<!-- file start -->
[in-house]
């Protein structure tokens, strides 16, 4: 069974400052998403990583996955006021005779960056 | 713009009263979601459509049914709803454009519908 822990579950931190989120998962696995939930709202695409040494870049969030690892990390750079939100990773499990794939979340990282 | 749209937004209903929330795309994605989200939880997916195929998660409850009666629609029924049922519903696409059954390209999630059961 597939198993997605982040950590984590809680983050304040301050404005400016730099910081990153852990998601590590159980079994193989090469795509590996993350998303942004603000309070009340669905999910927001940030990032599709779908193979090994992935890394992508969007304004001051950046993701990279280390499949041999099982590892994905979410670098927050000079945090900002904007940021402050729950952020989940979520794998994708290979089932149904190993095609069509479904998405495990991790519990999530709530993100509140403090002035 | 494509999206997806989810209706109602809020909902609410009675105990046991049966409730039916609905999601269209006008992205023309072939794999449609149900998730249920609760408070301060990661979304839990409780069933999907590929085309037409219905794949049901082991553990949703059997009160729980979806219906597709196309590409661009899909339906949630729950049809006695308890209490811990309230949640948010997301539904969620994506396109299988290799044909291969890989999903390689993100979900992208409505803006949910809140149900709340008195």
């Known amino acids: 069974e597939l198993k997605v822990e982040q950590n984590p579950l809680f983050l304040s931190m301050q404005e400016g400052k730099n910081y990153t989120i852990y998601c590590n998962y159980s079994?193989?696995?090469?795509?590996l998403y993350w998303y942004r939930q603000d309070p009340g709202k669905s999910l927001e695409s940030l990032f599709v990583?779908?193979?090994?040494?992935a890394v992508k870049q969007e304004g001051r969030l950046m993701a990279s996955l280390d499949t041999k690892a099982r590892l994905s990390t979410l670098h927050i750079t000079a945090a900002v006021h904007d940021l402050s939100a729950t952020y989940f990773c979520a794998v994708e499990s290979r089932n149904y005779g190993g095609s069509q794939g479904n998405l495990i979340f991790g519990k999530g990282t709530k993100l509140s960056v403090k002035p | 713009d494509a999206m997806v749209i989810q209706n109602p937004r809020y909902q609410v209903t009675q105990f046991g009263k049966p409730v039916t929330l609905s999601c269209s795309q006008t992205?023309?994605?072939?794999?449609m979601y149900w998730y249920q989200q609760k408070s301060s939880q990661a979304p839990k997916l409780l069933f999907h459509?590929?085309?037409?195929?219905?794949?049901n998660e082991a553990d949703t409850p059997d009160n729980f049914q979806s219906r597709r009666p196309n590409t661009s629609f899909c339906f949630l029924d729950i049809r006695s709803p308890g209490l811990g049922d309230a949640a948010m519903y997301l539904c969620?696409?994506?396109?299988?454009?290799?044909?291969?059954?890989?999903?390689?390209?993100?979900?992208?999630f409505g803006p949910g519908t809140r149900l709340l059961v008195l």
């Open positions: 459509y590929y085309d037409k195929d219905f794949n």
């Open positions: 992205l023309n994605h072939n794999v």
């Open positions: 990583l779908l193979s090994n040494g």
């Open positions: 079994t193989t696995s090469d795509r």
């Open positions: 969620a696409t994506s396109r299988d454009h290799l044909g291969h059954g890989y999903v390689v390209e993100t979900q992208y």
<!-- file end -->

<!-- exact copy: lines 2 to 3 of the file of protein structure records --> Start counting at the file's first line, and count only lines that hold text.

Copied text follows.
């Protein structure tokens, strides 16, 4: 069974400052998403990583996955006021005779960056 | 713009009263979601459509049914709803454009519908 822990579950931190989120998962696995939930709202695409040494870049969030690892990390750079939100990773499990794939979340990282 | 749209937004209903929330795309994605989200939880997916195929998660409850009666629609029924049922519903696409059954390209999630059961 597939198993997605982040950590984590809680983050304040301050404005400016730099910081990153852990998601590590159980079994193989090469795509590996993350998303942004603000309070009340669905999910927001940030990032599709779908193979090994992935890394992508969007304004001051950046993701990279280390499949041999099982590892994905979410670098927050000079945090900002904007940021402050729950952020989940979520794998994708290979089932149904190993095609069509479904998405495990991790519990999530709530993100509140403090002035 | 494509999206997806989810209706109602809020909902609410009675105990046991049966409730039916609905999601269209006008992205023309072939794999449609149900998730249920609760408070301060990661979304839990409780069933999907590929085309037409219905794949049901082991553990949703059997009160729980979806219906597709196309590409661009899909339906949630729950049809006695308890209490811990309230949640948010997301539904969620994506396109299988290799044909291969890989999903390689993100979900992208409505803006949910809140149900709340008195």
């Known amino acids: 069974e597939l198993k997605v822990e982040q950590n984590p579950l809680f983050l304040s931190m301050q404005e400016g400052k730099n910081y990153t989120i852990y998601c590590n998962y159980s079994?193989?696995?090469?795509?590996l998403y993350w998303y942004r939930q603000d309070p009340g709202k669905s999910l927001e695409s940030l990032f599709v990583?779908?193979?090994?040494?992935a890394v992508k870049q969007e304004g001051r969030l950046m993701a990279s996955l280390d499949t041999k690892a099982r590892l994905s990390t979410l670098h927050i750079t000079a945090a900002v006021h904007d940021l402050s939100a729950t952020y989940f990773c979520a794998v994708e499990s290979r089932n149904y005779g190993g095609s069509q794939g479904n998405l495990i979340f991790g519990k999530g990282t709530k993100l509140s960056v403090k002035p | 713009d494509a999206m997806v749209i989810q209706n109602p937004r809020y909902q609410v209903t009675q105990f046991g009263k049966p409730v039916t929330l609905s999601c269209s795309q006008t992205?023309?994605?072939?794999?449609m979601y149900w998730y249920q989200q609760k408070s301060s939880q990661a979304p839990k997916l409780l069933f999907h459509?590929?085309?037409?195929?219905?794949?049901n998660e082991a553990d949703t409850p059997d009160n729980f049914q979806s219906r597709r009666p196309n590409t661009s629609f899909c339906f949630l029924d729950i049809r006695s709803p308890g209490l811990g049922d309230a949640a948010m519903y997301l539904c969620?696409?994506?396109?299988?454009?290799?044909?291969?059954?890989?999903?390689?390209?993100?979900?992208?999630f409505g803006p949910g519908t809140r149900l709340l059961v008195l």